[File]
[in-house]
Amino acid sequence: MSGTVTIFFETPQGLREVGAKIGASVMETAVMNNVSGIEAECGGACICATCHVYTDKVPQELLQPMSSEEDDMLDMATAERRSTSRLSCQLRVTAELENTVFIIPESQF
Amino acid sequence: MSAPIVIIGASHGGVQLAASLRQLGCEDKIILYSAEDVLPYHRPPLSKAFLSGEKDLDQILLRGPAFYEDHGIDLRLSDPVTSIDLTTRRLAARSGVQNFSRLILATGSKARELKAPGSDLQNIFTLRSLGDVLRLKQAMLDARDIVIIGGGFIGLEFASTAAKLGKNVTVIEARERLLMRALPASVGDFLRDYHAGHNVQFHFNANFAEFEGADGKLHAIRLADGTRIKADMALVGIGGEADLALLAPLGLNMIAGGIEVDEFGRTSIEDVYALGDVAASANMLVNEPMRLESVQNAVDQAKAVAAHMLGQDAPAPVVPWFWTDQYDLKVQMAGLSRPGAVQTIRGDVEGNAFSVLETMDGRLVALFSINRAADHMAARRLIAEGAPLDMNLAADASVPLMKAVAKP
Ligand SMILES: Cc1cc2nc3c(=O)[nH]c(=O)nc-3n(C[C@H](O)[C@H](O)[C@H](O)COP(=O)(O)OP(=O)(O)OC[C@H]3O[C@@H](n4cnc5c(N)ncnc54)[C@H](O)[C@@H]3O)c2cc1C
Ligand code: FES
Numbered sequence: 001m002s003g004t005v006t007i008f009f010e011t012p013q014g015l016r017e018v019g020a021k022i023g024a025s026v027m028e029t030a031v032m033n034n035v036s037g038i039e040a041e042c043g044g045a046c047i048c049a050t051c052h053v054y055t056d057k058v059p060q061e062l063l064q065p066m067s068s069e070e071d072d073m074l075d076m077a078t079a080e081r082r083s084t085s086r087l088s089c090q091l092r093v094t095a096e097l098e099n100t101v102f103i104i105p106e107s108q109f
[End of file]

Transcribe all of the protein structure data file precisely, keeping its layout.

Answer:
[in-house]
Amino acid sequence: MSGTVTIFFETPQGLREVGAKIGASVMETAVMNNVSGIEAECGGACICATCHVYTDKVPQELLQPMSSEEDDMLDMATAERRSTSRLSCQLRVTAELENTVFIIPESQF
Amino acid sequence: MSAPIVIIGASHGGVQLAASLRQLGCEDKIILYSAEDVLPYHRPPLSKAFLSGEKDLDQILLRGPAFYEDHGIDLRLSDPVTSIDLTTRRLAARSGVQNFSRLILATGSKARELKAPGSDLQNIFTLRSLGDVLRLKQAMLDARDIVIIGGGFIGLEFASTAAKLGKNVTVIEARERLLMRALPASVGDFLRDYHAGHNVQFHFNANFAEFEGADGKLHAIRLADGTRIKADMALVGIGGEADLALLAPLGLNMIAGGIEVDEFGRTSIEDVYALGDVAASANMLVNEPMRLESVQNAVDQAKAVAAHMLGQDAPAPVVPWFWTDQYDLKVQMAGLSRPGAVQTIRGDVEGNAFSVLETMDGRLVALFSINRAADHMAARRLIAEGAPLDMNLAADASVPLMKAVAKP
Ligand SMILES: Cc1cc2nc3c(=O)[nH]c(=O)nc-3n(C[C@H](O)[C@H](O)[C@H](O)COP(=O)(O)OP(=O)(O)OC[C@H]3O[C@@H](n4cnc5c(N)ncnc54)[C@H](O)[C@@H]3O)c2cc1C
Ligand code: FES
Numbered sequence: 001m002s003g004t005v006t007i008f009f010e011t012p013q014g015l016r017e018v019g020a021k022i023g024a025s026v027m028e029t030a031v032m033n034n035v036s037g038i039e040a041e042c043g044g045a046c047i048c049a050t051c052h053v054y055t056d057k058v059p060q061e062l063l064q065p066m067s068s069e070e071d072d073m074l075d076m077a078t079a080e081r082r083s084t085s086r087l088s089c090q091l092r093v094t095a096e097l098e099n100t101v102f103i104i105p106e107s108q109f